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The Philodoxer
Thoughts on writing and publishing, and the various sources of entertainment...
A weekly column by Abel G. Peña, best known for his Star Wars work.

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THE PHILODOXER for 04/30/2006
Life Imitates Art: Hamster Huey and the Gooey Kablooie

I know, I know, I couldn't believe it either. But when I heard a book had been published with the exact title of Calvin's (of Calvin and Hobbes) favorite bedtime story... well, I had to have it--I had to know!

Like many of you, I've been a Calvin and Hobbes fan since childhood. I used to love cutting out the Sunday funnies and collecting them like baseball cards in the similarly absurd hope that I could ever have them all. We've all been starved for new C&H material since that cold, cold, fateful 31st day of December in '95 when Bill Watterson's dynamic duo tobogganed off into the sunset. So starved, in fact, that I recently bought that honkin' three-volume Complete Calvin and Hobbes set, even though I already own every book (including the superfluous Lazy Sunday, Sunday Pages 1985-1995, and Tenth Anniversary). Hell, I even own the Calvin and Hobbes 1988-89 16-Month Calendar.

Hamster Huey abd Gooey Kablooie

But what's this? "Hamster Huey and the Gooey Kablooie", the fictional children's book Calvin always begged his dad to read him before going to bed, an actual book? It's true, folks. Apparently, in 2004, "Hamster Huey Press," which seems to have zero connection to Watterson, published the eight-page children's book, Hamster Huey and the Gooey Kablooie: The Renowned Hero's Most Famous Adventure!, written by Mabel Barr and illustrated by Nick Goettling. (C&H fans will recall that in the comics, the story's author is one "Mabel Syrup").

Copyright issues aside for the moment, the question of the moment is, is this story any good? Well, it doesn't suck. However, it is extremely childish. The story revolves around the fabulous inventor Hamster Huey and Sprucing Valley, where he lives. The town's citizens are constantly threatened by a group of overgrown, suspenders-sporting bullies known as the Drogs who like to destroy shit. The story teeters on the edge of dullness for most of its duration, though the cleverness of one of Huey's inventions, which saves the townsfolk from the Drogs, manages to amusingly live up to the book's title.

But as die-hard Calvin and Hobbes fans, this cleverness is not satisfying, by far. We find ourselves wondering, how could the flippant Calvin we know and love like this lame story so much?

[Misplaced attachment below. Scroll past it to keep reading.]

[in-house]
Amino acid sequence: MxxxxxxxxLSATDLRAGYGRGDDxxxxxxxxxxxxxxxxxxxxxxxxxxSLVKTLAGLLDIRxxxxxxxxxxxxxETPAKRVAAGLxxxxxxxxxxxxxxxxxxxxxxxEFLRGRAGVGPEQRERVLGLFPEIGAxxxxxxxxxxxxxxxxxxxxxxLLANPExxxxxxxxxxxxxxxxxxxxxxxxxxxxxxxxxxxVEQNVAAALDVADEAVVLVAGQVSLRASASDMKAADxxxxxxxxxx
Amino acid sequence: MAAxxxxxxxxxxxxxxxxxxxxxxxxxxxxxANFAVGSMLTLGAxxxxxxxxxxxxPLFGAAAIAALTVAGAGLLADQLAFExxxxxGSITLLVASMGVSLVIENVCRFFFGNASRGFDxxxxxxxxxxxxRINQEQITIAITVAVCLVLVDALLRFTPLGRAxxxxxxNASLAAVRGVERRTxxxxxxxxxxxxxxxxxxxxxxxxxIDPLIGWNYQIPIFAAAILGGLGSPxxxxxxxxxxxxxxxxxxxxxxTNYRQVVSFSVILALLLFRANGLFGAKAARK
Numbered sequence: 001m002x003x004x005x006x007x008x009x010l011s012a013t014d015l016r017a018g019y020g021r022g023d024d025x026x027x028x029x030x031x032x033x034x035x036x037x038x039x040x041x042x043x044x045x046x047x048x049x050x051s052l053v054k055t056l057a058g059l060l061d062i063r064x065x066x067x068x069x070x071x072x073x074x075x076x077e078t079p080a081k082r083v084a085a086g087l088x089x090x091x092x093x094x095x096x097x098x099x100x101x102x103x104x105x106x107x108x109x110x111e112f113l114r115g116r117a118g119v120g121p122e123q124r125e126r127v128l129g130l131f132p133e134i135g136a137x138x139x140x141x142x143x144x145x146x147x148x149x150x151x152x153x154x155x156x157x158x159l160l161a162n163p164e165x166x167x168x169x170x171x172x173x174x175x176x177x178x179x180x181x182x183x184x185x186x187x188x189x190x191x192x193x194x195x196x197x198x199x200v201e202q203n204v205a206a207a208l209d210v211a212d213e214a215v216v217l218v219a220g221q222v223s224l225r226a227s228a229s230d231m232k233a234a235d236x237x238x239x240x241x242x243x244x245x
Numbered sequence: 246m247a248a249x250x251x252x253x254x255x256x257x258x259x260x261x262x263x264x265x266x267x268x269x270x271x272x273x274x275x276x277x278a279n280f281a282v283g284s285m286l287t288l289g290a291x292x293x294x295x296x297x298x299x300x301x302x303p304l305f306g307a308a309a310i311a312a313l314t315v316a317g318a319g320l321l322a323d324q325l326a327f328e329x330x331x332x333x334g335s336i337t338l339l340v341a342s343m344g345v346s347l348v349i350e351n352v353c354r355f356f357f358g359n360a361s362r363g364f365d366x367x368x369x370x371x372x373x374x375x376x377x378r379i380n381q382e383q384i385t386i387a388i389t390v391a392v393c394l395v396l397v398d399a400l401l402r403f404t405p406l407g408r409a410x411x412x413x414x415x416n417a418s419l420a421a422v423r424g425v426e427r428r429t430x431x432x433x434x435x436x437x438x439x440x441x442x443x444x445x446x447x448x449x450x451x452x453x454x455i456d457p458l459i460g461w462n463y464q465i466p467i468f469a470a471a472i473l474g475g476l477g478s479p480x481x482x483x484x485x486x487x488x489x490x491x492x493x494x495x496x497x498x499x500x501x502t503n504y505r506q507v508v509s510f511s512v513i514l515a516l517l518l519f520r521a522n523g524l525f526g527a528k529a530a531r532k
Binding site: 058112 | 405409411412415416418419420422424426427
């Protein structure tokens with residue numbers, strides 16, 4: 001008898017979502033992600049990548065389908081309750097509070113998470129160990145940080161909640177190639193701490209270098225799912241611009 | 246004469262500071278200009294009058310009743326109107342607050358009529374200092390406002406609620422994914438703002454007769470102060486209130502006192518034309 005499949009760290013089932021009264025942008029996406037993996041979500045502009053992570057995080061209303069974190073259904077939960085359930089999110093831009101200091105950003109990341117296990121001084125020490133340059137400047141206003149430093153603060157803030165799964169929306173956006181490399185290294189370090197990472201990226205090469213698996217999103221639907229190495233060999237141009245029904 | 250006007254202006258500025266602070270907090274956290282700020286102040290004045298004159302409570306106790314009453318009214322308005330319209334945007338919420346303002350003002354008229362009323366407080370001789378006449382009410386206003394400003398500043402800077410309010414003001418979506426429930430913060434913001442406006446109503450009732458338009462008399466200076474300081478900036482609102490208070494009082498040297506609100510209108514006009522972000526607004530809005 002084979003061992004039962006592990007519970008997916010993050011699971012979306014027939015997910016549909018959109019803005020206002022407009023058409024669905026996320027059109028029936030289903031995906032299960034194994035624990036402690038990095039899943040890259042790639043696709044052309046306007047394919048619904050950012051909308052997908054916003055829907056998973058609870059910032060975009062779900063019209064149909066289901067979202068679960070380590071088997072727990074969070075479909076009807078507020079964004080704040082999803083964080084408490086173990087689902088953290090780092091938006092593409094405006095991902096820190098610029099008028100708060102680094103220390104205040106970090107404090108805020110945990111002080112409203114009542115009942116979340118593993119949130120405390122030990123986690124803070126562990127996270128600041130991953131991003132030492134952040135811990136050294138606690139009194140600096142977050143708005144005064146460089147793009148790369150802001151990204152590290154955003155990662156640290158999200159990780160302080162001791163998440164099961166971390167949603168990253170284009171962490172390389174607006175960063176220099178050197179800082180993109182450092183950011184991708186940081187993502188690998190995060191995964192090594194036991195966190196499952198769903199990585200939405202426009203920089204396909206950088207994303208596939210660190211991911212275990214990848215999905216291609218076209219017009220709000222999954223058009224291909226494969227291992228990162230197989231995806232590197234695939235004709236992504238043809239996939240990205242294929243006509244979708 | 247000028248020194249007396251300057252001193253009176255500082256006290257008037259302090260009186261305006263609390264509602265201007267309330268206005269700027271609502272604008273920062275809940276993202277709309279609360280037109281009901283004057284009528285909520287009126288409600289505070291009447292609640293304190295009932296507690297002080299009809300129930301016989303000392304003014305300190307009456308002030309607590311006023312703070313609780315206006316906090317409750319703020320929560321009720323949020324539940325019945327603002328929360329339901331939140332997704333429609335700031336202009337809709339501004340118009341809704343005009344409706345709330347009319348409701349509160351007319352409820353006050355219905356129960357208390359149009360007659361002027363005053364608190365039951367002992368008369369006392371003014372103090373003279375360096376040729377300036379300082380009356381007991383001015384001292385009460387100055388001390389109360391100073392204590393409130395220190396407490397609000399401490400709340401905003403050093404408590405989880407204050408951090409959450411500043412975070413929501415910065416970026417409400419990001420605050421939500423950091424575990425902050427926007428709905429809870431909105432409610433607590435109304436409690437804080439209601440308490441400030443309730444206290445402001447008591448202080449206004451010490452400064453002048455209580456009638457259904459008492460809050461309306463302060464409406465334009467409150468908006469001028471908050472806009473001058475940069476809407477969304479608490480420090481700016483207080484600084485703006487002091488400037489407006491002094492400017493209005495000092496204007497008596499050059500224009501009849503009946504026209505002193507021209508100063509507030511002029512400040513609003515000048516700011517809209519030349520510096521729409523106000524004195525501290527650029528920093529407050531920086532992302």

It's true, Calvin has always been an enigma. I remember the first time I saw those Calvin-pissing-on-the-Ford-logo stickers, how wrong I thought they were. Not in spirit, because Calvin would certainly do something like that. But Watterson would never depict Calvin doing that. This is the sense in which Barr's Hamster Huey feels so wrong. (For the record, the closest Watterson ever comes to illustrating anything like the Calvin/Ford logos is on last page of The Revenge of the Baby-Sat, where we see Calvin's buttcrack and the mischievous look on his face as Hobbes helps him escape from his bath out the bathroom window. Significantly, the words "The End" appear beneath the scene).

It's true, despite Calvin's often-verbose vocabulary or poignant observations decades beyond his years, Watterson always reminds us that he's just a six-year-old. And for everyone who's forgotten, six-year-olds tend to love stories that seem inane to us as adults. Barney, anyone? Jar Jar Binks? The fact that Calvin can't get enough of "Hamster Huey and the Gooey Kablooie" and that his dad can't stand to read it even one more time is the punchline of every C&H strip that features this ficionalized book. In that sense, the real-life book is pleasing. In every other sense, it makes you want to throw up.

So, let's say it. If you're a casual Calvin and Hobbes fan, chances are you're going to burn your copy of the real Hamster Huey before you're halfway through it. That the book even exists is sacrilege to me, but, frankly, I like sacrilege. The bottom line is, I'll tell you not to waste your seven bucks on this utterly underwhelming purchase, but if you're a Calvinite, I expect you not to listen to me. In which case, appreciate Hamster Huey for what it is: a decent children's book that quaintly betrays everything Calvin and Hobbes stands for.

Adios folks! See you in seven.

-- Abel

<< 04/23/2006 | 04/30/2006 | 05/07/2006 >>

Discuss this column with me in World Famous Comics' General Forum and at Pop Culture Bored.
Also, visit my website at www.abelgpena.com.


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